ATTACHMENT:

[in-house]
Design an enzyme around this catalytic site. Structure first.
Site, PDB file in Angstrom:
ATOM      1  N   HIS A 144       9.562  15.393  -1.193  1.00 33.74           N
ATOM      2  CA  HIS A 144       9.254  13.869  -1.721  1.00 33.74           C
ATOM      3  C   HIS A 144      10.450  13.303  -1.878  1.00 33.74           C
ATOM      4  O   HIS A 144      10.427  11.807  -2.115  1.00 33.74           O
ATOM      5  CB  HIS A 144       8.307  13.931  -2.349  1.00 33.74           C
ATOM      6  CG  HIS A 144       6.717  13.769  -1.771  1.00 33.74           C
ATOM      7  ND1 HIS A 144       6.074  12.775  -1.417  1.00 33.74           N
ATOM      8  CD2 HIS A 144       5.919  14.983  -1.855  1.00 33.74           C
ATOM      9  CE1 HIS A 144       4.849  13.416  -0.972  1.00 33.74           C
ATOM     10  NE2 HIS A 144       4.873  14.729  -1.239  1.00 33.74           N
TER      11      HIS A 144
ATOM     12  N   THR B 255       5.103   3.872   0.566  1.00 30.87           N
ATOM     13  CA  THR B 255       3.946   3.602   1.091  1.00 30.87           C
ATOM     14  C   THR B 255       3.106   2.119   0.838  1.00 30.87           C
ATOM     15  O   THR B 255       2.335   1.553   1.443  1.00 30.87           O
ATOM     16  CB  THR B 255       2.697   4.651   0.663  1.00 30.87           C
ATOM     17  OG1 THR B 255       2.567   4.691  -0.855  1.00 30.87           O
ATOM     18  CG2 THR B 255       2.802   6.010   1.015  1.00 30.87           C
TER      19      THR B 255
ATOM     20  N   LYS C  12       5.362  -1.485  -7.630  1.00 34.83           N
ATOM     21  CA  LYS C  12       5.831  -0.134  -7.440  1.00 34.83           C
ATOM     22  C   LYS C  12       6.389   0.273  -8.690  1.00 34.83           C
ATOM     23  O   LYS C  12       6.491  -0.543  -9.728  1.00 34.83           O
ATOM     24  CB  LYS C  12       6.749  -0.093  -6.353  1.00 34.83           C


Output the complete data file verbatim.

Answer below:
[in-house]
Design an enzyme around this catalytic site. Structure first.
Site, PDB file in Angstrom:
ATOM      1  N   HIS A 144       9.562  15.393  -1.193  1.00 33.74           N
ATOM      2  CA  HIS A 144       9.254  13.869  -1.721  1.00 33.74           C
ATOM      3  C   HIS A 144      10.450  13.303  -1.878  1.00 33.74           C
ATOM      4  O   HIS A 144      10.427  11.807  -2.115  1.00 33.74           O
ATOM      5  CB  HIS A 144       8.307  13.931  -2.349  1.00 33.74           C
ATOM      6  CG  HIS A 144       6.717  13.769  -1.771  1.00 33.74           C
ATOM      7  ND1 HIS A 144       6.074  12.775  -1.417  1.00 33.74           N
ATOM      8  CD2 HIS A 144       5.919  14.983  -1.855  1.00 33.74           C
ATOM      9  CE1 HIS A 144       4.849  13.416  -0.972  1.00 33.74           C
ATOM     10  NE2 HIS A 144       4.873  14.729  -1.239  1.00 33.74           N
TER      11      HIS A 144
ATOM     12  N   THR B 255       5.103   3.872   0.566  1.00 30.87           N
ATOM     13  CA  THR B 255       3.946   3.602   1.091  1.00 30.87           C
ATOM     14  C   THR B 255       3.106   2.119   0.838  1.00 30.87           C
ATOM     15  O   THR B 255       2.335   1.553   1.443  1.00 30.87           O
ATOM     16  CB  THR B 255       2.697   4.651   0.663  1.00 30.87           C
ATOM     17  OG1 THR B 255       2.567   4.691  -0.855  1.00 30.87           O
ATOM     18  CG2 THR B 255       2.802   6.010   1.015  1.00 30.87           C
TER      19      THR B 255
ATOM     20  N   LYS C  12       5.362  -1.485  -7.630  1.00 34.83           N
ATOM     21  CA  LYS C  12       5.831  -0.134  -7.440  1.00 34.83           C
ATOM     22  C   LYS C  12       6.389   0.273  -8.690  1.00 34.83           C
ATOM     23  O   LYS C  12       6.491  -0.543  -9.728  1.00 34.83           O
ATOM     24  CB  LYS C  12       6.749  -0.093  -6.353  1.00 34.83           C